24 December 1789: Vanity, salve trade, & protestants

I go to the Hôtel des Américains to view the Commestibles. Trout and Carp from the Rhine are at no small Price. Go from thence to the Chastelet to Dinner; Mesdames de Bréhan and La Suze with Mons[ieu]r de Moustiers. The Conversation is of no Consequence but Mad[am]e de Bréhan as usual says much Evil of Mad[am]e de Flahaut and as she joins to this some kind Expressions towards me, Vanity might indulge an Idea of Preference; but I know how little Ground there is for Self Flattery on these Occasions and therefore, without any Reflection on the Subject, Chance shall decide. Go to the Louvre and there perform [with Mme de Flahaut – AE] what Mad[am]e de Bréhan would kindly have dissuaded me from. Thence to Madame de Chastellux’s. Mad[am]e de Ségur comes in. Chat with her a little while and then the Dutchess arrives escorted by the Count & VisCount de Ségur. These Gentlemen enter into a Discussion of the Slave Trade and as I do not expect any new Lights on the Subject I leave them and go back to the Louvre to Supper. A pretty large Company. The Bishop [d’Autun] comes in while we are at Supper; Monsieur and Madame de Guibert are of the Party. I say sundry civil Things to her which are well taken. If she suspects my Connection with her friend she will of Course desire to seduce me. Return Home at twelve. The Weather has been very warm this Day, the Wind high from the Southward, in the Evening clear. The Assemblée have this Day passed a Resolution which gives the Protestants Admission (by necessary Implication) to the Offices of State. The Bishop [d’Autun] is much pleased with it but said nothing in its Support. I advise him to have his Conduct remarked in some of the Journals because that his Order is already against him and therefore he must secure the Interest of those who are against his Order.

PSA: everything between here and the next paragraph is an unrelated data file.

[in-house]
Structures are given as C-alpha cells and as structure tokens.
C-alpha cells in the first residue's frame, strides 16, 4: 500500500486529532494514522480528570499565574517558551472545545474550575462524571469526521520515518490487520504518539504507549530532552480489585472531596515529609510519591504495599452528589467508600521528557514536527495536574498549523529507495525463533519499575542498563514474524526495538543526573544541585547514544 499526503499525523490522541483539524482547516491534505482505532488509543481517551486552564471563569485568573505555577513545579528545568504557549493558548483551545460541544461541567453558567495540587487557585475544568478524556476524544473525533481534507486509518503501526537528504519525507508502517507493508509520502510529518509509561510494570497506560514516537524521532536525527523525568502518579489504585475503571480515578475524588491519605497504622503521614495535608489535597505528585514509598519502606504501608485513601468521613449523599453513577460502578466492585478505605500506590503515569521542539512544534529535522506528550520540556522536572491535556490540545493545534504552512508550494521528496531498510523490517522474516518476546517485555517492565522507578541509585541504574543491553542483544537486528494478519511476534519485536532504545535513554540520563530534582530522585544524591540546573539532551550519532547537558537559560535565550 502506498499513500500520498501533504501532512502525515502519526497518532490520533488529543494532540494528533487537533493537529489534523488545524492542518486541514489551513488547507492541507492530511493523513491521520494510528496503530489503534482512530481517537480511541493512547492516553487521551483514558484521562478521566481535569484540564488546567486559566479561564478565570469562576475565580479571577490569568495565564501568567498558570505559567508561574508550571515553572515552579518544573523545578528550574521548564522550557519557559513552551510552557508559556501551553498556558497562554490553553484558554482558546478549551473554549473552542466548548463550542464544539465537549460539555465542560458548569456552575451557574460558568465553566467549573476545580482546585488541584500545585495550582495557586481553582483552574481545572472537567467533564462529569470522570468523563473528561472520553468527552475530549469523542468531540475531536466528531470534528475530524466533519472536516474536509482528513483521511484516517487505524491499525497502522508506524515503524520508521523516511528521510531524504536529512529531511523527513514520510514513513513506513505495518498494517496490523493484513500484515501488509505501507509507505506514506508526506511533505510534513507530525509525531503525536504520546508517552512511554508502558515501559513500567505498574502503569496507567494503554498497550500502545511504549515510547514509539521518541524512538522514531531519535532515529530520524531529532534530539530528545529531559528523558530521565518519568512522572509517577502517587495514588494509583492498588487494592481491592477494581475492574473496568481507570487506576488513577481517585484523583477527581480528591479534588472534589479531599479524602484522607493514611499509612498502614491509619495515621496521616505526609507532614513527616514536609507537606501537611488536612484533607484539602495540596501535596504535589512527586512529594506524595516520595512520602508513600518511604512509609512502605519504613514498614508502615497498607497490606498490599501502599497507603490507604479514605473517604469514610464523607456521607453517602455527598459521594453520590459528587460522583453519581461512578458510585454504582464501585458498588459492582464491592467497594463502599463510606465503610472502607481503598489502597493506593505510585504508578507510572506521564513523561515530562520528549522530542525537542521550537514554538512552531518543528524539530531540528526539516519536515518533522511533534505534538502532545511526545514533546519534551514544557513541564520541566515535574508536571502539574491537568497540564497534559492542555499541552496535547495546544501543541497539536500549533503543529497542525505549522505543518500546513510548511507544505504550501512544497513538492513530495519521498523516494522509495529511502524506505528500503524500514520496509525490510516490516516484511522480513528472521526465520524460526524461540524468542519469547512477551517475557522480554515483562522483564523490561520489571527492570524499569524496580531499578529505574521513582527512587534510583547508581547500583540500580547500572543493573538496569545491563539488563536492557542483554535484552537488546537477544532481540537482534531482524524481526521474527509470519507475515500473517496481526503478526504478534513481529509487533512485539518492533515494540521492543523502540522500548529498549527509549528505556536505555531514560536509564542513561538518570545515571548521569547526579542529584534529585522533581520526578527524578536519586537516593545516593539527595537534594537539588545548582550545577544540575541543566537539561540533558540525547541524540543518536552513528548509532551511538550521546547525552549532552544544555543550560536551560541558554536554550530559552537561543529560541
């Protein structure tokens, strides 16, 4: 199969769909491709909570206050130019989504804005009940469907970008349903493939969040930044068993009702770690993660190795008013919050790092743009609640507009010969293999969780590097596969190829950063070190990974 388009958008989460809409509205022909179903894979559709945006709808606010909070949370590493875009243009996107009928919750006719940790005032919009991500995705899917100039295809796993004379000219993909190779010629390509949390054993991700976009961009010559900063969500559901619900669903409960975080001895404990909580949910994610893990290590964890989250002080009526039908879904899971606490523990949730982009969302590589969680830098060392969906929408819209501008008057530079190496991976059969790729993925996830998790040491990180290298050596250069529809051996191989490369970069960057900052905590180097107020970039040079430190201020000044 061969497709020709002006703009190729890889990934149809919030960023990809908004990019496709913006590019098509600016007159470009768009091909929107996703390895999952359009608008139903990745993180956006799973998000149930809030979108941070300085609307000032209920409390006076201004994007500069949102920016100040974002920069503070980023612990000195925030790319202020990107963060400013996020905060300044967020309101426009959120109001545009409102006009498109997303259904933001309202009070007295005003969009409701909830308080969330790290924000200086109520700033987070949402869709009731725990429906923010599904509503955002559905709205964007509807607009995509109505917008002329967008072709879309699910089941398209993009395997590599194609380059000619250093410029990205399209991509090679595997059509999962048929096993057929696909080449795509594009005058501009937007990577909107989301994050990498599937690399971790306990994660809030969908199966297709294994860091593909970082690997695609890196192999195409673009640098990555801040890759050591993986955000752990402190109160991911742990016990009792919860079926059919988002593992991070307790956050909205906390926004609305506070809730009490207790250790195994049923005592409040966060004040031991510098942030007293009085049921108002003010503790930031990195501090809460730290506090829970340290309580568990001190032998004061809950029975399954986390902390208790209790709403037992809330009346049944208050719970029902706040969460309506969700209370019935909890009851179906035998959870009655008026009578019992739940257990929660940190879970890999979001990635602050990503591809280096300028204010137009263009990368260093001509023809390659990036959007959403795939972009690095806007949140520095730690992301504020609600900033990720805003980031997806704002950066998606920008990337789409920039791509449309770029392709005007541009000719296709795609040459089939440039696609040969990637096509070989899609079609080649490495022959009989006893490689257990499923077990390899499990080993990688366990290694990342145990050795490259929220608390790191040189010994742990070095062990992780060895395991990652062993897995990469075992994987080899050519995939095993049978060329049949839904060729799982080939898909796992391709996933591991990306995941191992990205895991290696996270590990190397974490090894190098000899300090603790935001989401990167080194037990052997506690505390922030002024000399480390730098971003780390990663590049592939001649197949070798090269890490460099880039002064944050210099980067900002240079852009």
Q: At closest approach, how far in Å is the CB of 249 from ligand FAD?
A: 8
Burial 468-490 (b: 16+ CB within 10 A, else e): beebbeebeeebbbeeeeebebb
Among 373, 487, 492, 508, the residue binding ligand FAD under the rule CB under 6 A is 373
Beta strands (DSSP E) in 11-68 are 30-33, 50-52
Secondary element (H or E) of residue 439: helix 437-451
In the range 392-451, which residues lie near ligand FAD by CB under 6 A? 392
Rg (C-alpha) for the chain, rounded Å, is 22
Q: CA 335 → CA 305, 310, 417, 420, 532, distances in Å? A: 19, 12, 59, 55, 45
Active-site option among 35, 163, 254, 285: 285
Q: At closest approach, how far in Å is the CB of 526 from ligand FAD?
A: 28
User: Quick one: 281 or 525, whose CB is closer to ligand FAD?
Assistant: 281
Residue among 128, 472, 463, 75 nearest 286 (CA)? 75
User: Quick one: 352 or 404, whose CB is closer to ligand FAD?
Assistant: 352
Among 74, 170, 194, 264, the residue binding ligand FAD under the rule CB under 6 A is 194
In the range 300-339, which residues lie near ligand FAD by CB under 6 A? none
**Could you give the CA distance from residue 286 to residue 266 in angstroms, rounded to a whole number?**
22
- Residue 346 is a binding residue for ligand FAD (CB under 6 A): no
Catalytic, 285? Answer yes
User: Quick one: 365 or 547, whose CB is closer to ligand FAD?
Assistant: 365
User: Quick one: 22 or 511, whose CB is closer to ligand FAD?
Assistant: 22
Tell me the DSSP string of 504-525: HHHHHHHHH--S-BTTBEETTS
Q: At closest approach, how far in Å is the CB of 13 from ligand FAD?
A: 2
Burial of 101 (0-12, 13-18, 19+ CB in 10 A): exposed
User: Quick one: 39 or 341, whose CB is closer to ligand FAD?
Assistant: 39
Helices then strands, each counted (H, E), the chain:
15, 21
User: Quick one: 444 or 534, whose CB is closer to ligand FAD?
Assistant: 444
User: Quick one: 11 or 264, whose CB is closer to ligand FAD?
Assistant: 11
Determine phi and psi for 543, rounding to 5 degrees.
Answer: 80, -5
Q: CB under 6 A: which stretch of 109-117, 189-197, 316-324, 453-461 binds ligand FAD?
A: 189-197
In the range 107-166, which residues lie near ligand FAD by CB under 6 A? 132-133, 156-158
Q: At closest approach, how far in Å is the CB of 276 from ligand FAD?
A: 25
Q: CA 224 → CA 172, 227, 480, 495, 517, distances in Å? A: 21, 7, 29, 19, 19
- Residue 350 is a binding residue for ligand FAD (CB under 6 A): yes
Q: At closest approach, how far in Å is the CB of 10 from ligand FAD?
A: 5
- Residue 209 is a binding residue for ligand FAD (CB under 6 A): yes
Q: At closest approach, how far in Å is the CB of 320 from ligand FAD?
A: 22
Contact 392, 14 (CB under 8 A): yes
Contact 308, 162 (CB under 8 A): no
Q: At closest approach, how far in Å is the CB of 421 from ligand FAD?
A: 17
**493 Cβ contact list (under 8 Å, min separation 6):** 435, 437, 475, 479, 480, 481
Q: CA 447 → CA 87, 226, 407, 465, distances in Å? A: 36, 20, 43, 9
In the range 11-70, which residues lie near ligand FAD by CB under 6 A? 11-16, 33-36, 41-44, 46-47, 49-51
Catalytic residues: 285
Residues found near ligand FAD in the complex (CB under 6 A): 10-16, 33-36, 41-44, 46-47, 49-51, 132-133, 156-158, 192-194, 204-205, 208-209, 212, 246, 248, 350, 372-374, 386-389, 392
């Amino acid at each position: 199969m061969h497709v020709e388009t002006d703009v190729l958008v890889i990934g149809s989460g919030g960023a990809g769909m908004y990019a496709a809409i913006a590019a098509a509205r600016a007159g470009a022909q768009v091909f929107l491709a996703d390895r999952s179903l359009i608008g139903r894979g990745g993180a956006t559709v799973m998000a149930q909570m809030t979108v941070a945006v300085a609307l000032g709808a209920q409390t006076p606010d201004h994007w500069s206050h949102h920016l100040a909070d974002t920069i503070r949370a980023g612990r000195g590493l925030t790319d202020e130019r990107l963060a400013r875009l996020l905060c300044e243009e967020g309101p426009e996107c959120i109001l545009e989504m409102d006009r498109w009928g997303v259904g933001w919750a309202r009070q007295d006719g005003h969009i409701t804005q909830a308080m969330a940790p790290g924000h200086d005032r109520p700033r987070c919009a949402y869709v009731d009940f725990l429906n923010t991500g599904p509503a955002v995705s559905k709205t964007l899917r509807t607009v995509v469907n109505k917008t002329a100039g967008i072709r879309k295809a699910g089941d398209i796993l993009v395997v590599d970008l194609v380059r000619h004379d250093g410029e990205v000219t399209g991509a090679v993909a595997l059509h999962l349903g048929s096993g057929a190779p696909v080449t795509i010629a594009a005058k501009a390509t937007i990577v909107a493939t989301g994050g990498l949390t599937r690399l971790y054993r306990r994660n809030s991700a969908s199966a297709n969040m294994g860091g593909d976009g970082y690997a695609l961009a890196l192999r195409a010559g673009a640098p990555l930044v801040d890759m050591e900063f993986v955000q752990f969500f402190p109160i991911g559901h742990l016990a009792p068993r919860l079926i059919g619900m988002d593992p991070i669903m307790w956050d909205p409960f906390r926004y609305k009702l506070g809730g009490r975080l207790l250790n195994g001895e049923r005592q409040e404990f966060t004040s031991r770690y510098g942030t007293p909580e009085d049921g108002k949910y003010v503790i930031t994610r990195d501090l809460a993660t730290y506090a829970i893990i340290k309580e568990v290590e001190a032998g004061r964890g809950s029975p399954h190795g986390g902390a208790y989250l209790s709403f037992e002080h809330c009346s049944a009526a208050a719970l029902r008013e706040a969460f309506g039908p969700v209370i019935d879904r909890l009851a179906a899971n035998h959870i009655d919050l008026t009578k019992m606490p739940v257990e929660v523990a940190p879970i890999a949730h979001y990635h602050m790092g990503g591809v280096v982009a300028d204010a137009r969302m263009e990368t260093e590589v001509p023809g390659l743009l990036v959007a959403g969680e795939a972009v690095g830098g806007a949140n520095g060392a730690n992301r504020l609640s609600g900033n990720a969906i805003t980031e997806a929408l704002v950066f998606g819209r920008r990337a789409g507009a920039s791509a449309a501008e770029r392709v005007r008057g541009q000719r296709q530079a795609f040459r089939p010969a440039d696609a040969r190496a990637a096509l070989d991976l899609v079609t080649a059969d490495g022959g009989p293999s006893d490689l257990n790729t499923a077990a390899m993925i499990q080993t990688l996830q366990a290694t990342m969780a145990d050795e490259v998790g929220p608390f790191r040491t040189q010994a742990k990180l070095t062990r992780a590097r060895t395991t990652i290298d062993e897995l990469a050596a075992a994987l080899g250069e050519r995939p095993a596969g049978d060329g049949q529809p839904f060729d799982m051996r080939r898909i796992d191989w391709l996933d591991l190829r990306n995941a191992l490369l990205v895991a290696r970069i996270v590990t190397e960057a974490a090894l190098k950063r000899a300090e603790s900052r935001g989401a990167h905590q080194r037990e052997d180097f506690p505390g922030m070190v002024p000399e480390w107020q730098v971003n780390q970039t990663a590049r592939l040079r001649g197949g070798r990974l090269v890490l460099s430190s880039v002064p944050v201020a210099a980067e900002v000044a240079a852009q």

A diary of the French revolution, by Gouverneur Morris, 1752-1816. Ed. by Beatrix Cary Davenport. Vol. 1 (Boston, 1939), p. 342-343.


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